Sulfites are counted among the top nine food allergens, but a reaction to sulfite is not a true allergy.[8] Some people (but not many) have positive skin allergy tests to sulfites indicating true (IgE-mediated) allergy.[9] It may cause breathing difficulty within minutes after eating a food containing it,[10] asthmatics[11][12] and possibly people with salicylate sensitivity (or aspirin sensitivity)[13][14] are at an elevated risk for reaction to sulfites. Anaphalaxis and life threatening reactions are rare.[9] Other symptoms include sneezing, swelling of the throat, and hives.[14]

Brown paper bags are probably made from kraft paper, which is processed with sodium sulfide (I was interested to find this out because I've always thought I could smell just the merest tinge of rotten egg in my grocery bags), that can easily oxidize to sulfite.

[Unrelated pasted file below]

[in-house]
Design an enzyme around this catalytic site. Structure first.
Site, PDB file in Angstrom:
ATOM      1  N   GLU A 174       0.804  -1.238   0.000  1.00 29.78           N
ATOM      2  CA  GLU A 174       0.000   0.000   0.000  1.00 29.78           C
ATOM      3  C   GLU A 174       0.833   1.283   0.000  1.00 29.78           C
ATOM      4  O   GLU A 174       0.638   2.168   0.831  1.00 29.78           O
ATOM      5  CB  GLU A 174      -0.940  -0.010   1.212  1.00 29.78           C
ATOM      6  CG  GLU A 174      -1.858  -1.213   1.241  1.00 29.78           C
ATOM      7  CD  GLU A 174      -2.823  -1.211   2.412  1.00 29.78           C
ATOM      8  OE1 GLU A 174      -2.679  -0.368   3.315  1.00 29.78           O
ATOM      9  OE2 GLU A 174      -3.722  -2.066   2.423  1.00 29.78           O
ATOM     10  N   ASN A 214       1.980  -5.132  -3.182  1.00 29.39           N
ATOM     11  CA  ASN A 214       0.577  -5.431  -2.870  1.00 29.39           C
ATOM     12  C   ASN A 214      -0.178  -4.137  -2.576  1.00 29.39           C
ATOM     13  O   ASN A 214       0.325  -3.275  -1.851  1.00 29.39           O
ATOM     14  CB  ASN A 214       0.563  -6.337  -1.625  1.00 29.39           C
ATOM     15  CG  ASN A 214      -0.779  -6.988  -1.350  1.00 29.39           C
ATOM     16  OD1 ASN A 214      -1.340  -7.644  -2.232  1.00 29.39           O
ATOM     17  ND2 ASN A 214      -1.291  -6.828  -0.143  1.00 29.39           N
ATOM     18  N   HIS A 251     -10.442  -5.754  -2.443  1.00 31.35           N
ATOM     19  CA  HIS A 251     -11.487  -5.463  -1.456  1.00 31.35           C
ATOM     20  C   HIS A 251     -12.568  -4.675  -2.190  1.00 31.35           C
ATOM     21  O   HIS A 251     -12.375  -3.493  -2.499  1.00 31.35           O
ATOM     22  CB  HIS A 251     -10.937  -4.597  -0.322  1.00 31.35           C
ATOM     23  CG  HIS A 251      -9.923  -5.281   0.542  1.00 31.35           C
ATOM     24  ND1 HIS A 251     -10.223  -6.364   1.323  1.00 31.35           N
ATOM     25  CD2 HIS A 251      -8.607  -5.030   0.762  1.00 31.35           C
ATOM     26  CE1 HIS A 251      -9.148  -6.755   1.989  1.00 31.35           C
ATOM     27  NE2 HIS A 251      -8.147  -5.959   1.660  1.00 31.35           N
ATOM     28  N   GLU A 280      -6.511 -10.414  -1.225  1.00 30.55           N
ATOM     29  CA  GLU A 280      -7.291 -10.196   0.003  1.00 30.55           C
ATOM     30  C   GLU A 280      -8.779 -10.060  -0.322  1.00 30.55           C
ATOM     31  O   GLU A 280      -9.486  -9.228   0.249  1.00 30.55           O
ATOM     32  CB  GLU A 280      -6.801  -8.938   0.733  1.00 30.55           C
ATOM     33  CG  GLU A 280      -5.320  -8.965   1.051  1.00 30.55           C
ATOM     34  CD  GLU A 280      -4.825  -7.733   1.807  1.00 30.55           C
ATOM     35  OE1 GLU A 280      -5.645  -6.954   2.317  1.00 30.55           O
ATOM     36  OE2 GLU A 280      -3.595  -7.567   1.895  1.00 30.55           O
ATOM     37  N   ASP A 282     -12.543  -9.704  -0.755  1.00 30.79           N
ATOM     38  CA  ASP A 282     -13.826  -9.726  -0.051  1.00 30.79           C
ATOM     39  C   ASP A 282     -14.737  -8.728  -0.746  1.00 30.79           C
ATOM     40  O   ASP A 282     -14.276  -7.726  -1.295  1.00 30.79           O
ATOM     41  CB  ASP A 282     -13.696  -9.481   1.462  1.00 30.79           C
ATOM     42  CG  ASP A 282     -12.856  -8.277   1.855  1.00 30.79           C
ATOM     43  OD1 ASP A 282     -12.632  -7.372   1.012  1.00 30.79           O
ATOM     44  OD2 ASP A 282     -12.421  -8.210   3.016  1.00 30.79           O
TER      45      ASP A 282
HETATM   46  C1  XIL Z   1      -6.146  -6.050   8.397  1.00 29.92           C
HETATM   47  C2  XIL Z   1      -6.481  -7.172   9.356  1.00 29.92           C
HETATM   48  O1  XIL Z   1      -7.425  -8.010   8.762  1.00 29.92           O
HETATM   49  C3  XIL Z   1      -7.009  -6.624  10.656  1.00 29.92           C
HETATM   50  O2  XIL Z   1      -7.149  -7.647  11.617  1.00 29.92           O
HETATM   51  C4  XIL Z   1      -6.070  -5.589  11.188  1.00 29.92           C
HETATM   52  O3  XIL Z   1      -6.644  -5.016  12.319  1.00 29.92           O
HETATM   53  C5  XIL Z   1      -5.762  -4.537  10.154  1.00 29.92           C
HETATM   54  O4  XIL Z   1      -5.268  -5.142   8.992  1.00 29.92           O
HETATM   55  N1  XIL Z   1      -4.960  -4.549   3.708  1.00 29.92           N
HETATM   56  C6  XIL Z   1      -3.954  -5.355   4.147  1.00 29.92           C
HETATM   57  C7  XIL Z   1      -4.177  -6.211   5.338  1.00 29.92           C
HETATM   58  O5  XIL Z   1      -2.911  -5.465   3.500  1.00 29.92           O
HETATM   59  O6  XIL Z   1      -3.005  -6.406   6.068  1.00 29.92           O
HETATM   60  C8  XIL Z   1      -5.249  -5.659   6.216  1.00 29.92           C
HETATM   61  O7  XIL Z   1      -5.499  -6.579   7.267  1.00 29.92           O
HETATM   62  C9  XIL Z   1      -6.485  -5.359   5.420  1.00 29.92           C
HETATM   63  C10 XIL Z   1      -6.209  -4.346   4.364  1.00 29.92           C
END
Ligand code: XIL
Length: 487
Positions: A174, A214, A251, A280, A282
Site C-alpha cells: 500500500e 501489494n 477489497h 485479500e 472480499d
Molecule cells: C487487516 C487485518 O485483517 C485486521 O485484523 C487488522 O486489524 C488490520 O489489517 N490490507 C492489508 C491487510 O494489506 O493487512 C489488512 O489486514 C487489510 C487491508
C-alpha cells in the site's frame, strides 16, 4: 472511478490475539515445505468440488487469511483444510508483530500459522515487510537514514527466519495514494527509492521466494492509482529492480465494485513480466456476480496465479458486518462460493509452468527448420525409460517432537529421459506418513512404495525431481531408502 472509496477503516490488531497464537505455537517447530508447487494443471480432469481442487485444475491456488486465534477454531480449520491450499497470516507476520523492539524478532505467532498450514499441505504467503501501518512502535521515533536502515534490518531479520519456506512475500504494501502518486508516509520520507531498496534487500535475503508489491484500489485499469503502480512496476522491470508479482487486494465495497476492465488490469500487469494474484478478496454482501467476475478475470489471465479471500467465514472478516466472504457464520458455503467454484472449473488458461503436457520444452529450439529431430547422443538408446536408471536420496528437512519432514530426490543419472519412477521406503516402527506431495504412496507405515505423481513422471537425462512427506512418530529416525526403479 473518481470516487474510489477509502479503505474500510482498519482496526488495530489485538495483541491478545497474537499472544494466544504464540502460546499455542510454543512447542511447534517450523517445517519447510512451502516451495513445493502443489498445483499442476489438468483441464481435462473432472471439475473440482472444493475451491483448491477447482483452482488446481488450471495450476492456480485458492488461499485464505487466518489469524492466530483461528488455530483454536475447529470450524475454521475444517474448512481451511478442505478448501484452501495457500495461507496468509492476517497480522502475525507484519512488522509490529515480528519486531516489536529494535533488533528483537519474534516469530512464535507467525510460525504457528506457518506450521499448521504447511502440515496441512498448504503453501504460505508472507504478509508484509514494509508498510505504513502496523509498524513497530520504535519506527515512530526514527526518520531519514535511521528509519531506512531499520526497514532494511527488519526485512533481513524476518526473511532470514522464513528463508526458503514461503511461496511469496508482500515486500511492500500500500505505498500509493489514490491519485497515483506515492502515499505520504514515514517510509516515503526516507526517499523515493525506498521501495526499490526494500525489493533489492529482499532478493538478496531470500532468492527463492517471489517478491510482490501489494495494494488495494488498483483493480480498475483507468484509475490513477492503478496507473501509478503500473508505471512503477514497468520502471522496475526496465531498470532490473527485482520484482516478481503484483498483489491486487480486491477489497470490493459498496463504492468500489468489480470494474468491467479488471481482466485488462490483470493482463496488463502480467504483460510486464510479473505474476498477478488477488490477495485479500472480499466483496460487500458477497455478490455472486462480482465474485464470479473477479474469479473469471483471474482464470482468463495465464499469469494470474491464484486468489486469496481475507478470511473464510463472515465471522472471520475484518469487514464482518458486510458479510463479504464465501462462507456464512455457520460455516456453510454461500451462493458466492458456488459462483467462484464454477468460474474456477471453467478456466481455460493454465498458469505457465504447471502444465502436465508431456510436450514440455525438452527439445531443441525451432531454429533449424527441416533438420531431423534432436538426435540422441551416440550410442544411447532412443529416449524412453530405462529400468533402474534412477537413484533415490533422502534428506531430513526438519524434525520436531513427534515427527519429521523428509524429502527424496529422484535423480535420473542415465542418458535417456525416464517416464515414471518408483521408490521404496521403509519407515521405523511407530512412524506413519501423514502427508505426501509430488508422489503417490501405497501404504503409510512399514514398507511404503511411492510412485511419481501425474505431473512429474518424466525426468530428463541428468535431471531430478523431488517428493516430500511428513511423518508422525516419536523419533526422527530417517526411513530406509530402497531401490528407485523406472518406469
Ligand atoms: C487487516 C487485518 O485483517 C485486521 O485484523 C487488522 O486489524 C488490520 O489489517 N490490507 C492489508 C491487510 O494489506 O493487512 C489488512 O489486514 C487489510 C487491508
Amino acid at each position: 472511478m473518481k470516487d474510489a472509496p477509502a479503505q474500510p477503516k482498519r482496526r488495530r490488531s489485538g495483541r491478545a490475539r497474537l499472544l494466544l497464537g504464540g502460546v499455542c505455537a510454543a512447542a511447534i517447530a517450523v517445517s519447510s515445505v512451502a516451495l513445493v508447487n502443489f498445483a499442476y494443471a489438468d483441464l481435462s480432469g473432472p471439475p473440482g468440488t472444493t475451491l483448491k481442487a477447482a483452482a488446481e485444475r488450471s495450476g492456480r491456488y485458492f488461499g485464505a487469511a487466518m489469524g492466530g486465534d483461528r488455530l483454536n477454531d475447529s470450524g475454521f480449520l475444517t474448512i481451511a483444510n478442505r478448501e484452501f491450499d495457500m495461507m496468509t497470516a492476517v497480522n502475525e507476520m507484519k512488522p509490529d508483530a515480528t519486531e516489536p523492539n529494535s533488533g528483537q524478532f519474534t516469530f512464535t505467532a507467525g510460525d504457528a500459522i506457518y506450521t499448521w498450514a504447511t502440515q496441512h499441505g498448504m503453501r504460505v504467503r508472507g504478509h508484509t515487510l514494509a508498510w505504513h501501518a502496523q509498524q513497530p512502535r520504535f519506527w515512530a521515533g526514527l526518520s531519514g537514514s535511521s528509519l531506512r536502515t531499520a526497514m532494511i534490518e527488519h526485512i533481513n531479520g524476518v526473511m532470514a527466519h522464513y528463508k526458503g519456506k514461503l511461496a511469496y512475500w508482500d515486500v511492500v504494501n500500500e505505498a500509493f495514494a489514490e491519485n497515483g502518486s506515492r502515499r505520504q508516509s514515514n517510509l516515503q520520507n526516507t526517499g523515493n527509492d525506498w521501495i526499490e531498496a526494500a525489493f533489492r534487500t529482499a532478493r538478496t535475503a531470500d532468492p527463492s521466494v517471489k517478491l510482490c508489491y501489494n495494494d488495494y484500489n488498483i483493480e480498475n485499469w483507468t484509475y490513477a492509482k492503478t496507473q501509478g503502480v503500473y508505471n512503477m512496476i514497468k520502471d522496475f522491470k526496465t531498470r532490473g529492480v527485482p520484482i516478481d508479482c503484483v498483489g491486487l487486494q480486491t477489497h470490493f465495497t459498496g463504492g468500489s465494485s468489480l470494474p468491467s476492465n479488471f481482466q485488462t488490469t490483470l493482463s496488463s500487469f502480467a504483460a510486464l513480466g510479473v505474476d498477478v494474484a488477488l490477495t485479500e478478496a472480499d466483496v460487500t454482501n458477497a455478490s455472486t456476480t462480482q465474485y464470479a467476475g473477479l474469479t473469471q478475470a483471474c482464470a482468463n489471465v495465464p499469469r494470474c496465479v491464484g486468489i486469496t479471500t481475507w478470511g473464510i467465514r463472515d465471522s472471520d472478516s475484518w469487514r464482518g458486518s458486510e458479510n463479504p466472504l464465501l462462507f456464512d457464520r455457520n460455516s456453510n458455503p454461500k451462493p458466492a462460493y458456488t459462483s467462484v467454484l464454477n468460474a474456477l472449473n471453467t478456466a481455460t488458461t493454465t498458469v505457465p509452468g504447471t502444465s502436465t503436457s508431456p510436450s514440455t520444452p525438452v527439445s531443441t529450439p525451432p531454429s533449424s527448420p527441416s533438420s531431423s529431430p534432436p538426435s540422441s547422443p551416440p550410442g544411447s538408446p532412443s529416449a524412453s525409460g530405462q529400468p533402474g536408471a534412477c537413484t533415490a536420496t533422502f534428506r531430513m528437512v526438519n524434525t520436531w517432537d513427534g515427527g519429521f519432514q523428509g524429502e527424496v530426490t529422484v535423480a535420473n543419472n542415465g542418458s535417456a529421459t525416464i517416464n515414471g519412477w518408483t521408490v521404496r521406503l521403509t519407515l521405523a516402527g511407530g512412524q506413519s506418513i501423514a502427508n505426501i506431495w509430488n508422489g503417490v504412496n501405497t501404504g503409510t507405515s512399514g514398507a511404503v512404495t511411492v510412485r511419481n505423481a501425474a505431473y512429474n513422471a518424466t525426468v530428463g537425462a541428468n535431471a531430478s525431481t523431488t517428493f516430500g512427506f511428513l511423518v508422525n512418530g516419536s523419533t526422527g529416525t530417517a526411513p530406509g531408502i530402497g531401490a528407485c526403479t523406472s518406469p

If you were using white paper bags your risk of a sulfite reaction would probably be higher, because white paper is often made by the sulfite process, which uses sulfites directly.

If your bag was made before 2010, there is a chance it would have contained a very small residue of diesel or kerosene due to the existence of an infamous tax break (now expired), because that tax break gave paper manufacturers a $3.7B+ incentive to add superfluous diesel, kerosene, or gasoline to their black liquor, which is added to wood chips near the beginning of the kraft process.
posted by jamjam at 9:27 AM on May 19, 2011 [2 favorites]

Already solved, but I'll point out that if Alton Brown microwaves popcorn in a plain paper bag, it's probably just fine.
posted by General Malaise at 1:28 PM on May 19, 2011

I've been popping corn in brown paper bags in the microwave ever since I first saw the link special-k pointed out. Spoiler: no greasy stuff needed. Pop it dry.
posted by no relation at 3:44 PM on May 19, 2011